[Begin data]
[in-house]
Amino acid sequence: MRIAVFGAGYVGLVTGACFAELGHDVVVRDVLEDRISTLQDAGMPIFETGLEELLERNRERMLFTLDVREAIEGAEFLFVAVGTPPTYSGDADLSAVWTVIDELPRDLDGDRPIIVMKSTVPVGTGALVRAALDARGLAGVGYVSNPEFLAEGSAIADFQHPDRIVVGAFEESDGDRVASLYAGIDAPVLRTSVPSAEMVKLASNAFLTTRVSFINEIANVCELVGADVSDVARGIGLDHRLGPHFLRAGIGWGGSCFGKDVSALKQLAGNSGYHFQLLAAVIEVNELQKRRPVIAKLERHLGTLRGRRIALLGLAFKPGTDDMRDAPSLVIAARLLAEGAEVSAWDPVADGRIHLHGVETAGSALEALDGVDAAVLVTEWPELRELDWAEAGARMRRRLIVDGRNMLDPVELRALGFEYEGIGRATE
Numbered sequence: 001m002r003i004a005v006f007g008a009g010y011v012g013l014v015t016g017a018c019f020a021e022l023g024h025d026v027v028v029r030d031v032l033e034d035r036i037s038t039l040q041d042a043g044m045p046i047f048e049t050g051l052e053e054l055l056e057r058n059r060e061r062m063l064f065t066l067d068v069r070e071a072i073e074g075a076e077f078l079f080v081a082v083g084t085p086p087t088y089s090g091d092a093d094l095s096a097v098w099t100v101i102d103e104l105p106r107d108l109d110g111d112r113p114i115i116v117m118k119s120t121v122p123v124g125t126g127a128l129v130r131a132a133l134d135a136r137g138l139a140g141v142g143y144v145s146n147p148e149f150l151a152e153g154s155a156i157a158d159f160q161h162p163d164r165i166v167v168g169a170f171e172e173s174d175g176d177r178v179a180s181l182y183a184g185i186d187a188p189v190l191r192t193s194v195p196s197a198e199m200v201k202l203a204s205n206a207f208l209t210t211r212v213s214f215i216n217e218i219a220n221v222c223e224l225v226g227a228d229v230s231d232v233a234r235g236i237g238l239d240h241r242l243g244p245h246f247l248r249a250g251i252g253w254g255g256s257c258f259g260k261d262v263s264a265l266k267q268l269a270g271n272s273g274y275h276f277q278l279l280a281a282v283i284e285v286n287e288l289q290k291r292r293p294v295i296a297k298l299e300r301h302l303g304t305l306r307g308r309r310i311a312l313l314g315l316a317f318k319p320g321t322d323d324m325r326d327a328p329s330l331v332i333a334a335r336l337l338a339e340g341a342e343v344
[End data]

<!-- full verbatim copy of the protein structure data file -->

[in-house]
Amino acid sequence: MRIAVFGAGYVGLVTGACFAELGHDVVVRDVLEDRISTLQDAGMPIFETGLEELLERNRERMLFTLDVREAIEGAEFLFVAVGTPPTYSGDADLSAVWTVIDELPRDLDGDRPIIVMKSTVPVGTGALVRAALDARGLAGVGYVSNPEFLAEGSAIADFQHPDRIVVGAFEESDGDRVASLYAGIDAPVLRTSVPSAEMVKLASNAFLTTRVSFINEIANVCELVGADVSDVARGIGLDHRLGPHFLRAGIGWGGSCFGKDVSALKQLAGNSGYHFQLLAAVIEVNELQKRRPVIAKLERHLGTLRGRRIALLGLAFKPGTDDMRDAPSLVIAARLLAEGAEVSAWDPVADGRIHLHGVETAGSALEALDGVDAAVLVTEWPELRELDWAEAGARMRRRLIVDGRNMLDPVELRALGFEYEGIGRATE
Numbered sequence: 001m002r003i004a005v006f007g008a009g010y011v012g013l014v015t016g017a018c019f020a021e022l023g024h025d026v027v028v029r030d031v032l033e034d035r036i037s038t039l040q041d042a043g044m045p046i047f048e049t050g051l052e053e054l055l056e057r058n059r060e061r062m063l064f065t066l067d068v069r070e071a072i073e074g075a076e077f078l079f080v081a082v083g084t085p086p087t088y089s090g091d092a093d094l095s096a097v098w099t100v101i102d103e104l105p106r107d108l109d110g111d112r113p114i115i116v117m118k119s120t121v122p123v124g125t126g127a128l129v130r131a132a133l134d135a136r137g138l139a140g141v142g143y144v145s146n147p148e149f150l151a152e153g154s155a156i157a158d159f160q161h162p163d164r165i166v167v168g169a170f171e172e173s174d175g176d177r178v179a180s181l182y183a184g185i186d187a188p189v190l191r192t193s194v195p196s197a198e199m200v201k202l203a204s205n206a207f208l209t210t211r212v213s214f215i216n217e218i219a220n221v222c223e224l225v226g227a228d229v230s231d232v233a234r235g236i237g238l239d240h241r242l243g244p245h246f247l248r249a250g251i252g253w254g255g256s257c258f259g260k261d262v263s264a265l266k267q268l269a270g271n272s273g274y275h276f277q278l279l280a281a282v283i284e285v286n287e288l289q290k291r292r293p294v295i296a297k298l299e300r301h302l303g304t305l306r307g308r309r310i311a312l313l314g315l316a317f318k319p320g321t322d323d324m325r326d327a328p329s330l331v332i333a334a335r336l337l338a339e340g341a342e343v344